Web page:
I started to panic. Firstly, I had absolutely no idea what the acronym PCOS was, so I had to ask him to elaborate. He broke it down for us; Polycystic Ovary Syndrome. Nope, still none the wiser. The only bit of that phrase that gave some clarity was the word ovary. Ok, so now we knew it was something to do with my ovaries, but I had still never heard of it and still felt scared as he followed that revelation with the fact that we now would need to be referred to see a ‘specialist’ at the infertility clinic at the local hospital. My mind was now beyond overdrive, I was now at the stage of conjuring up all sorts of wild thoughts. Did I not have any ovaries or were they damaged or malformed? How had I gone my whole life not knowing this? Or even worse, was it something that I’d just developed and had I done something that had caused it?
My silly musings were getting me nowhere, so I asked him to explain more; what exactly was wrong with my ovaries? He hesitantly explained that PCOS meant that my ovaries were probably covered in lots of cysts. CYSTS?! Again, my mind flew into over imagining what this meant. The only experience I’d had of cysts on an ovary was a friend of my mum who had an ovarian cyst removed in emergency surgery and they discovered it was the size of a small football.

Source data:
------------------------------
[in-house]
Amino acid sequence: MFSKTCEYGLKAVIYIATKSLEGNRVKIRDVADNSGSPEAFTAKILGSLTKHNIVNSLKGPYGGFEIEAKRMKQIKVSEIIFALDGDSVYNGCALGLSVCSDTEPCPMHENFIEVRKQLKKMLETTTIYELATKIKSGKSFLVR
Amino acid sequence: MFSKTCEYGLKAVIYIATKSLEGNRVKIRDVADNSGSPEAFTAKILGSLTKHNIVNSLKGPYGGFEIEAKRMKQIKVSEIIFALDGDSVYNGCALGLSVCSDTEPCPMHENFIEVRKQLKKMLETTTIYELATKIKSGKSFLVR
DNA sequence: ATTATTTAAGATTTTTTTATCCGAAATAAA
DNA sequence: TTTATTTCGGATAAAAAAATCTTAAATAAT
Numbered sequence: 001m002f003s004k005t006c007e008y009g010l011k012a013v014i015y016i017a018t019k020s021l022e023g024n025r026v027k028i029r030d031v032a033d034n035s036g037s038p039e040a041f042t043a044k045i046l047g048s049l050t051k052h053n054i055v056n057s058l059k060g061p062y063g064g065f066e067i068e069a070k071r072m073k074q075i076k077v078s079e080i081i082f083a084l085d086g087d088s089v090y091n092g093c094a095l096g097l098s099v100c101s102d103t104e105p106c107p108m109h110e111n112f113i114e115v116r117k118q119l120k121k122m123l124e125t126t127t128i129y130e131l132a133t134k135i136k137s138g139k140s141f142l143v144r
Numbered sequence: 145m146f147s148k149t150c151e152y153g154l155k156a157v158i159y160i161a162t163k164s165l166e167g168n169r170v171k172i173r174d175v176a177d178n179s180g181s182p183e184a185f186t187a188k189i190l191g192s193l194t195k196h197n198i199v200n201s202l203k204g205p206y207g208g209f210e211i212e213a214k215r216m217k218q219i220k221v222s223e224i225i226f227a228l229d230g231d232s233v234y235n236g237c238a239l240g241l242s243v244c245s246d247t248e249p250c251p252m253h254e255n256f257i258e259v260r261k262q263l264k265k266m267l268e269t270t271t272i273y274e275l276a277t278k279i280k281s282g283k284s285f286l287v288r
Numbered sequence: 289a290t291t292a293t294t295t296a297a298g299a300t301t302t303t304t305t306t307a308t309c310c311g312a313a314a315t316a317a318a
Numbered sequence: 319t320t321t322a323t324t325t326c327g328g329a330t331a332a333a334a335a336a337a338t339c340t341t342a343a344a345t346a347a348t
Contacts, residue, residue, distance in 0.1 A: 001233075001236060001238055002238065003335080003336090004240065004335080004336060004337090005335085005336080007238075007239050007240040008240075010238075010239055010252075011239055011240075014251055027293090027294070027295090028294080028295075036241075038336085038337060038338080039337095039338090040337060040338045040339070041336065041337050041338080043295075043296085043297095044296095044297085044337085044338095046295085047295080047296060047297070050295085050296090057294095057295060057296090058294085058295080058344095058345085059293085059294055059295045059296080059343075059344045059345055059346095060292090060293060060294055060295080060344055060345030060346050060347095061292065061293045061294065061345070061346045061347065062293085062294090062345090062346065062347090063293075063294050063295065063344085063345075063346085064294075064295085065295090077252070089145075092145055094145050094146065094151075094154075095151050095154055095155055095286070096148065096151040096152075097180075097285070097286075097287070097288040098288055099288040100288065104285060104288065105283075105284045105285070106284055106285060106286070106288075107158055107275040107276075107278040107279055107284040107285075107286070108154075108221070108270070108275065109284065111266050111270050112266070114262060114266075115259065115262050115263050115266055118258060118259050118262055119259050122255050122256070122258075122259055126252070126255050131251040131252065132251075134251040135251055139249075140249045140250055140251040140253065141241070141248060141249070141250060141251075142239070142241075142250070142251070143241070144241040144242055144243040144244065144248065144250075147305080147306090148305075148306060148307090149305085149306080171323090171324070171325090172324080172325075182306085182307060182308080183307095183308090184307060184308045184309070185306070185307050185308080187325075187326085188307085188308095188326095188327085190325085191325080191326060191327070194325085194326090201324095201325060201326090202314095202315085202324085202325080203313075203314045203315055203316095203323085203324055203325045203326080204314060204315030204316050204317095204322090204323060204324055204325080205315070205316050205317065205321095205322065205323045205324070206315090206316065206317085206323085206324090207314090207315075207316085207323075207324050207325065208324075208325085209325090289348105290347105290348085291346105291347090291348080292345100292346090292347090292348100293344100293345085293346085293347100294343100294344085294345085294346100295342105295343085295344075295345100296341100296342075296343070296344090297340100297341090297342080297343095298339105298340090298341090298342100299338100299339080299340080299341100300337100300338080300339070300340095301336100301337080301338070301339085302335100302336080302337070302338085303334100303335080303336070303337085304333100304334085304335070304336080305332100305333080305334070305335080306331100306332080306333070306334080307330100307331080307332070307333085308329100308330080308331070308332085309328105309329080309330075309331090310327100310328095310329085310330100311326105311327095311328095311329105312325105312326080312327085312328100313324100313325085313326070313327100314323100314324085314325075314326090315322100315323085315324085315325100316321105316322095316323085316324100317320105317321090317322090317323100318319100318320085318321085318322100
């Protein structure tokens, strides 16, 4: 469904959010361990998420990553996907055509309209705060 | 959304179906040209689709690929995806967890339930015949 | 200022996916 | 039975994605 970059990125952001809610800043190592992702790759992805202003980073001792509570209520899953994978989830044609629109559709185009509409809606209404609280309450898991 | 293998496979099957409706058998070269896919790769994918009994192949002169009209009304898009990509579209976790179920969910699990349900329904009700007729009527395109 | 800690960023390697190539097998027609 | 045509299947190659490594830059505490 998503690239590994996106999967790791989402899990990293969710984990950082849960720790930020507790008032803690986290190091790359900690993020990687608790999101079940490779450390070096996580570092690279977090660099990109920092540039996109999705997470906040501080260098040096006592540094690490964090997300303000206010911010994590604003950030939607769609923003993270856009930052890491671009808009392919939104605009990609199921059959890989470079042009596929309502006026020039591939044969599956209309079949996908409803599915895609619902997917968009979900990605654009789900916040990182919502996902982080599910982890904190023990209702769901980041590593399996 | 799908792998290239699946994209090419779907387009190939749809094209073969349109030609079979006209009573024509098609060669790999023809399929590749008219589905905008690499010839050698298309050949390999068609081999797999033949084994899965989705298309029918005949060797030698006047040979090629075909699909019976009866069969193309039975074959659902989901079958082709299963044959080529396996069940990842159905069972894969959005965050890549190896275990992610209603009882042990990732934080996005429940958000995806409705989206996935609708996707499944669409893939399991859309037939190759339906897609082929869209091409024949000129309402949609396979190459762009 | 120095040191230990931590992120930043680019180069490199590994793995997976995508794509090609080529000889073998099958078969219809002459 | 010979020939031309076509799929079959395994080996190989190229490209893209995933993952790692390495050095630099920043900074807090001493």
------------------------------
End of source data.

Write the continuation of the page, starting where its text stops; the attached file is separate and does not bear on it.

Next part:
Now the GP was saying my ovaries were covered in them. What if mine were that big? Was I in danger, would I need surgery? I asked him again to elaborate as to exactly what this meant for us. By now, I think he was running out of answers. So he asked us to wait a moment, turned to his computer he started typing and the printer started churning out paper. He lifted the paper off the printer, separated it into two piles and gave one copy to us. Then, referring to his own printed out copy, he started to read. Yes people, he had searchedPCOS on the NHS website and then read it to us!
It turned out, that the ‘syndrome’ I had just been labelled with was most probably affecting the way my body dealt with sugars and insulin. Therefore as this was out of balance, it would be negatively influencing my hormone levels and was firstly preventing any eggs from ever maturing and then stopping them from being released. Again panic ran through me like millions of little tiny people trying to escape a dangerous situation. What did that mean? So, was I now diabetic as well as infertile.
Brilliant! Just brilliant! Not only were my fears confirmed, I had now been given a label and no further definite information about the consequences of this label. We were left with more questions than when we had arrived. But I gave up asking questions at this point, I’d heard enough. The bottom line for me in that moment was that it WAS my body was failing us. The concern I’d been growing for weeks now had just burst into glorious flower.
Just before we left, brains in a fuzz of information that we didn’t understand, the GP tried to reassure us with the following ground breaking advice “try not to worry.” We smiled politely and left.